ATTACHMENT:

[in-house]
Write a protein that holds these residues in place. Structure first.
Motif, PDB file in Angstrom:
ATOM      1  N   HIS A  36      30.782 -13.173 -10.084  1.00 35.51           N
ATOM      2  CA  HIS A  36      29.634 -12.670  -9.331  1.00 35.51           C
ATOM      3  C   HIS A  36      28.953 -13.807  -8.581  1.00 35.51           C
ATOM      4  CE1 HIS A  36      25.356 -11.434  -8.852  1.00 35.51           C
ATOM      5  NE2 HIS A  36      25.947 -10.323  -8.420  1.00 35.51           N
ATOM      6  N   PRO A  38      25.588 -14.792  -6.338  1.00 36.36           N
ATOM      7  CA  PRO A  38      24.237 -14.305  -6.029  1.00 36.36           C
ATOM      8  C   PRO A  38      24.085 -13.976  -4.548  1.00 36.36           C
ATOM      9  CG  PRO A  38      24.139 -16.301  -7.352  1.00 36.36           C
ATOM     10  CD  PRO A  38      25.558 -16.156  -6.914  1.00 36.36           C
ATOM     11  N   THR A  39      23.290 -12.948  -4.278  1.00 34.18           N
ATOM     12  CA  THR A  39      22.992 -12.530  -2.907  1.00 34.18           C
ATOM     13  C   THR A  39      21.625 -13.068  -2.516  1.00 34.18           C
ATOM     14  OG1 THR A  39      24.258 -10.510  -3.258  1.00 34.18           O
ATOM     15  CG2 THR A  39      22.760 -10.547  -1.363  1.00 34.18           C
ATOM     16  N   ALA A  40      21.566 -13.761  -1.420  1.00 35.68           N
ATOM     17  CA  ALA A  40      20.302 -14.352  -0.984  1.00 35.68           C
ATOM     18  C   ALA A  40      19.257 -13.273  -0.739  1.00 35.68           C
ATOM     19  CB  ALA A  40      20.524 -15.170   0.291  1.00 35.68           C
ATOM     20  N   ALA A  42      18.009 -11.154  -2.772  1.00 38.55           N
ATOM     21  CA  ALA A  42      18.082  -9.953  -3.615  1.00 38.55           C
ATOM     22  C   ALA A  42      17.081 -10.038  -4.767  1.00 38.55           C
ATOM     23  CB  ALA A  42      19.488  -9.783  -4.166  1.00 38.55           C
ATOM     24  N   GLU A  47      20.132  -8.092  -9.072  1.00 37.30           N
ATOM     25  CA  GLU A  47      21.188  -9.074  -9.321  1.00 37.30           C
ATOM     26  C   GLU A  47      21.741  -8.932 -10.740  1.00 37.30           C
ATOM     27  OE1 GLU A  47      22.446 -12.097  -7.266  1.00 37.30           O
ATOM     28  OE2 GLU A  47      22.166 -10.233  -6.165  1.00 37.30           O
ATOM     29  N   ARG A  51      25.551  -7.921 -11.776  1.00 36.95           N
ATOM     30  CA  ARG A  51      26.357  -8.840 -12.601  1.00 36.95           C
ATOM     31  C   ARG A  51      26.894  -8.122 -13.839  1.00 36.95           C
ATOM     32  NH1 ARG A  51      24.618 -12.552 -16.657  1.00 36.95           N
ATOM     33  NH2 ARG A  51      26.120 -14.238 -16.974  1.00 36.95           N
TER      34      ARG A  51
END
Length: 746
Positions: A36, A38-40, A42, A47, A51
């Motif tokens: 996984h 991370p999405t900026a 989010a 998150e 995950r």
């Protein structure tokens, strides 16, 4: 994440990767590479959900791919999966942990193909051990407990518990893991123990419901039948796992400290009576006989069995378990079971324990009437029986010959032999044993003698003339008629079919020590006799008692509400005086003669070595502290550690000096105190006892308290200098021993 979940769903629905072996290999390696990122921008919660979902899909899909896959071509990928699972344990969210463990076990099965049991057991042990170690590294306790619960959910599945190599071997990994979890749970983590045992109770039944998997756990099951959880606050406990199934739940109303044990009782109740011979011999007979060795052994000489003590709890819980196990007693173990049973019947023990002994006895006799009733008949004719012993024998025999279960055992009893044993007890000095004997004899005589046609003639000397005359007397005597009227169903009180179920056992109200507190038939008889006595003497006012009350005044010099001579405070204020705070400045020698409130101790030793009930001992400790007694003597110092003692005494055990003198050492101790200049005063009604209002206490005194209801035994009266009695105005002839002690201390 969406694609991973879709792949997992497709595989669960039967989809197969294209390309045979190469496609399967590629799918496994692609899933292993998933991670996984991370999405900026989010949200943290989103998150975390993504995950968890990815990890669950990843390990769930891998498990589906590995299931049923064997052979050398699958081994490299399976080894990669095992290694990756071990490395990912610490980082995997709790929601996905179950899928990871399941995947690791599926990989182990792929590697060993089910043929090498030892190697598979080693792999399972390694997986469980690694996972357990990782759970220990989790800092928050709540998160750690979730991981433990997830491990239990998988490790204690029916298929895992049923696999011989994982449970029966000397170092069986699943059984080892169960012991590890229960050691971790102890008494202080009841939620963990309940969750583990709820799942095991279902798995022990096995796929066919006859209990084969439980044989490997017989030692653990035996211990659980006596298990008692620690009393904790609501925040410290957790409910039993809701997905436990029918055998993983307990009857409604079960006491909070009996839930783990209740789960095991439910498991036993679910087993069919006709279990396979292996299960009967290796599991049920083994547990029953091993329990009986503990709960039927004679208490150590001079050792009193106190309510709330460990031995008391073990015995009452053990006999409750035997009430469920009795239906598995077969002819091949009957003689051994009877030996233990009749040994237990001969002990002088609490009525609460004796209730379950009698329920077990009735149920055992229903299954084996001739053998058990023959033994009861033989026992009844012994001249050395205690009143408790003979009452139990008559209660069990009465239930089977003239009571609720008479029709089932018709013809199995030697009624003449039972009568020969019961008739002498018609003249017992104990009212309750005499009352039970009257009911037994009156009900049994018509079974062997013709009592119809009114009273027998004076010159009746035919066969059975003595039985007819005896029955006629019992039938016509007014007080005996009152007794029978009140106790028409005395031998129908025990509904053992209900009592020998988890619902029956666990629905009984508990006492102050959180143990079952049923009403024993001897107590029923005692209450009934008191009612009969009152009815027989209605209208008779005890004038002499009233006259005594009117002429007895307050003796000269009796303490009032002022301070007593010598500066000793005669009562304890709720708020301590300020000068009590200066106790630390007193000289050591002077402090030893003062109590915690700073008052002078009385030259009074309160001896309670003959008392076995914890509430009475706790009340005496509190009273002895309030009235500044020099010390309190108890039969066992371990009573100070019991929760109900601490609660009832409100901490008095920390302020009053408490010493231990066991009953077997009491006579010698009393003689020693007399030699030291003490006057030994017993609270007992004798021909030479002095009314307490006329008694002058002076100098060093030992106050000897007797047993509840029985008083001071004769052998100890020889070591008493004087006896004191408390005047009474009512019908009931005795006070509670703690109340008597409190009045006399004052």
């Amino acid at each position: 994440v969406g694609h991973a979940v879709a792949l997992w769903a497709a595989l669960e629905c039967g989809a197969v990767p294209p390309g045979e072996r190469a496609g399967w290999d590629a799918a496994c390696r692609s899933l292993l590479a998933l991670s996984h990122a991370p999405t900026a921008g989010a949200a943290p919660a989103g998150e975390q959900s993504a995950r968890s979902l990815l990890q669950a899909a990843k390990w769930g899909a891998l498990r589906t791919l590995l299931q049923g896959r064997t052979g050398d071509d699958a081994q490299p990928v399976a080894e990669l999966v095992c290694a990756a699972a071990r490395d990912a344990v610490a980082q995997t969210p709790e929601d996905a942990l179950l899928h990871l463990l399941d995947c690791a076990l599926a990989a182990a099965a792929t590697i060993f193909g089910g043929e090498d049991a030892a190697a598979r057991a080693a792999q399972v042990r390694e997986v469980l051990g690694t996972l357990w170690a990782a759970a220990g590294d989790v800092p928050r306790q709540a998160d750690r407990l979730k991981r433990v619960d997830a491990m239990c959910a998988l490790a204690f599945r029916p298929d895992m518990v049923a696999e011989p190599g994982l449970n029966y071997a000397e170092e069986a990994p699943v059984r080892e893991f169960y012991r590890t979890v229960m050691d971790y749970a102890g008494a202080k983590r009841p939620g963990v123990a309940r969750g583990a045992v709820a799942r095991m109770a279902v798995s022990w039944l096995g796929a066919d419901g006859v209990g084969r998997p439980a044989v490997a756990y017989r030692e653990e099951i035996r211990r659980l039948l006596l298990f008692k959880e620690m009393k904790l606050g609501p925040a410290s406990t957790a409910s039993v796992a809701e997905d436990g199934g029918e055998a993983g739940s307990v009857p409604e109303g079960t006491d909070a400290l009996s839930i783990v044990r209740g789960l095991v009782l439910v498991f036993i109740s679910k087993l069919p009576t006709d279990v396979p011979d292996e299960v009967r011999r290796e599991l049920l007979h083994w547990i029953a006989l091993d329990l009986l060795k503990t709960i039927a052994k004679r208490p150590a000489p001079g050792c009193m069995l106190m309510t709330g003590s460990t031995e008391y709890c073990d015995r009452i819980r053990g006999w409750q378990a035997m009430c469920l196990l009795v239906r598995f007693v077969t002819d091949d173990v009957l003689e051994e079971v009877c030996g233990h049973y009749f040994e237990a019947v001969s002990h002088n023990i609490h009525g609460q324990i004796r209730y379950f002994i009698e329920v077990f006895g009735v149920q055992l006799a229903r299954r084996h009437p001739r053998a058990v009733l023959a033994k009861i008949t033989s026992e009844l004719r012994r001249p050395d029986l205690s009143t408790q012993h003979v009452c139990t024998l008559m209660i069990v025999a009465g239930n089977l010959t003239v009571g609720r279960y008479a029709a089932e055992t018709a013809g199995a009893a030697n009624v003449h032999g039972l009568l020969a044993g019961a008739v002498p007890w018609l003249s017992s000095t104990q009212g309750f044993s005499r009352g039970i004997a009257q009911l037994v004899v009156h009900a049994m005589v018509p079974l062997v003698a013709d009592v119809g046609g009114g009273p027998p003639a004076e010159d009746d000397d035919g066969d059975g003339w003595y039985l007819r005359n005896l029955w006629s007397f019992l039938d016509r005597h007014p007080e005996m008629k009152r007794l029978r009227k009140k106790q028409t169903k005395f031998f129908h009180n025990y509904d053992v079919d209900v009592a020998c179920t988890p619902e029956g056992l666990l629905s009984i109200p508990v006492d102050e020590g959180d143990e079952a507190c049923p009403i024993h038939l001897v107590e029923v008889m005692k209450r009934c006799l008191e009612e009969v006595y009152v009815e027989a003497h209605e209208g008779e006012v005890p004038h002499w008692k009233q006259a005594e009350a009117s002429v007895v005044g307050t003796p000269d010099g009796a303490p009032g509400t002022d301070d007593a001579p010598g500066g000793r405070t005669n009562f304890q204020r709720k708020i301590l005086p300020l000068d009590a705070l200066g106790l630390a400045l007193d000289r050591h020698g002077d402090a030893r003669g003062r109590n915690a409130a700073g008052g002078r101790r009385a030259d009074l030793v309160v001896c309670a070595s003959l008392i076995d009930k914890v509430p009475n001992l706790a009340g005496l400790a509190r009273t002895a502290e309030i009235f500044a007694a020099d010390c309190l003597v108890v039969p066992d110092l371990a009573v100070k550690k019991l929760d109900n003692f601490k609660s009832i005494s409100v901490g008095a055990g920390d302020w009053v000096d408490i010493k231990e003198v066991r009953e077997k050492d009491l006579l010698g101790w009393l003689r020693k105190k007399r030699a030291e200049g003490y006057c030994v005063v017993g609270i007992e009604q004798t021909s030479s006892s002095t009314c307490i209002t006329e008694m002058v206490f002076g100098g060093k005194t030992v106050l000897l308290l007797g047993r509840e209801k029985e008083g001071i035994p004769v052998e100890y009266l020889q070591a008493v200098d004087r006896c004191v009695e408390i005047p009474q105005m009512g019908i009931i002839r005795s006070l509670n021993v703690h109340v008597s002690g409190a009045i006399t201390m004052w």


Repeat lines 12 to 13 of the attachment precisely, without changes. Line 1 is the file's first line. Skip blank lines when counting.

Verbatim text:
ATOM      9  CG  PRO A  38      24.139 -16.301  -7.352  1.00 36.36           C
ATOM     10  CD  PRO A  38      25.558 -16.156  -6.914  1.00 36.36           C